Work on the Quadbot has taken a backseat as I have been working on an entry for the Chip-E Remix Challenge on Thingiverse.
My main motivation was the 18 or so servos on the hexapod prize, which would be exactly what I need to continue with the build of the Quadbot! All the robots are interesting though, so any prize would be a win!
My entry to the challenge is … Chip-E-lata! Hope you enjoy.
I had briefly tried in the past a simple balancing function using a PID controller, which aims to balance the Bioloid using the ankle motors, by trying to keep the IMU (accelerometer/gyro) vertical. The result was mixed success, but was only an early test. I am considering revisiting this balancing test, but this time using a number of PID controllers to control multiple groups of leg motors(e.g. hips, knees and ankles), while also using the GUI to make testing faster and easier.
On another note, I recently came across the Nengo Neural Simulator, which is a framework for creating neural networks of leaky integrate-and-fire (LIF) neurons for creating complex computational models. It has been used to create Spaun, the world’s largest functional brain model which is able to perform a number of functions such as vision, memory, counting, as well as drawing what is sees by controlling a simple arm.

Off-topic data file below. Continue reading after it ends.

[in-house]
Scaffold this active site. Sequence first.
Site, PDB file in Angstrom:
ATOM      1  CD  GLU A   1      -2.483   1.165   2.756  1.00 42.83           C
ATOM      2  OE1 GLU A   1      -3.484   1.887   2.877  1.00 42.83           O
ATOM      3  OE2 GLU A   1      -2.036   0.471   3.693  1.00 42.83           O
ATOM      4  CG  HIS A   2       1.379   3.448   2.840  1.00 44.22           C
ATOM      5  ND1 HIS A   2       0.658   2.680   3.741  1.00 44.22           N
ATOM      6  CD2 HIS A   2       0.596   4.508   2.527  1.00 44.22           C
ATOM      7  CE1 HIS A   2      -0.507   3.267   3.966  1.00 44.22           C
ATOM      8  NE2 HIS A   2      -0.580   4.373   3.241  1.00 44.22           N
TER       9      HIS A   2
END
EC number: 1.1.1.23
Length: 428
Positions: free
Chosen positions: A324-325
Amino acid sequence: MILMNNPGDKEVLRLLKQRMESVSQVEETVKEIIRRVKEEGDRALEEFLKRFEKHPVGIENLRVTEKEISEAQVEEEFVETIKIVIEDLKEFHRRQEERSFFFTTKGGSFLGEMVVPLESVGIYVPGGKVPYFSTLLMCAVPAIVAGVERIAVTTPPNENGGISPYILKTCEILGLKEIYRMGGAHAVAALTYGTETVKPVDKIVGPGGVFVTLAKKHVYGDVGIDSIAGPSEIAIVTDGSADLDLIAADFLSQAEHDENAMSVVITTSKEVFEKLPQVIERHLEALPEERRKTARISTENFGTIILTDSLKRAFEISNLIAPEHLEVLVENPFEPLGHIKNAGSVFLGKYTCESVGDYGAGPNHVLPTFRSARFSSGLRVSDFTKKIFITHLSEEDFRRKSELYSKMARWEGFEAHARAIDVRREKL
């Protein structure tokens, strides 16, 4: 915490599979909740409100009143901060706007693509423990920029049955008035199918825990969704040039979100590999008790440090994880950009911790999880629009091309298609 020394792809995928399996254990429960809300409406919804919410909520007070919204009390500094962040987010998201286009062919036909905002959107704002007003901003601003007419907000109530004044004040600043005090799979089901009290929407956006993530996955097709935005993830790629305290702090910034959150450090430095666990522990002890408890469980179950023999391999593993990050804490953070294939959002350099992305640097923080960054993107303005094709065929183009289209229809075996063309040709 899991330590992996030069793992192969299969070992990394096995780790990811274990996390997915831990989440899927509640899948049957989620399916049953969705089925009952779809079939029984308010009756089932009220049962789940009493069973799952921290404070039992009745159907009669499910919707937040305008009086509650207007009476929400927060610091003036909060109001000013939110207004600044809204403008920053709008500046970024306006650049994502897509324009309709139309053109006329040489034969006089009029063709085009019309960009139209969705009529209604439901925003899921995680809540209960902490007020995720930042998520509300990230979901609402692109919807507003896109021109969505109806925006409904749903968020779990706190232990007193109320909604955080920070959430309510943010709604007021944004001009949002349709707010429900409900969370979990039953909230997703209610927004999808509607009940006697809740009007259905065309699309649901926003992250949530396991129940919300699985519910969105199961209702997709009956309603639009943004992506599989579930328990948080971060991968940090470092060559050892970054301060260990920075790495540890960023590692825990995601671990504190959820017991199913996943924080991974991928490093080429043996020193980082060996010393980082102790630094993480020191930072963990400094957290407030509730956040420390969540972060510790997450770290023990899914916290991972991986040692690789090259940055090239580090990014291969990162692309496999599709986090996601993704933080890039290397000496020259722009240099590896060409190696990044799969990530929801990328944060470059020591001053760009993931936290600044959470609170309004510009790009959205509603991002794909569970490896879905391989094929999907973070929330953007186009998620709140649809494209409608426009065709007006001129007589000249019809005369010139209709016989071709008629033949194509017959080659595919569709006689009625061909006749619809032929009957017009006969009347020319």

What stands out is how easy it is to use the Nengo GUI to build neural networks. The interface runs in the browser and visualisations of neuron spiking activity and other metrics are easily shown for each graphical object. There is also support for scripting in Python. Installing it and trying it out for yourself is pretty simple, just follow the Getting Started guide here.
Nengo Interactive Plots.
It would be really interesting to see if some form of PID controller could be built using Nengo, and then used to control the Bioloid’s balancing!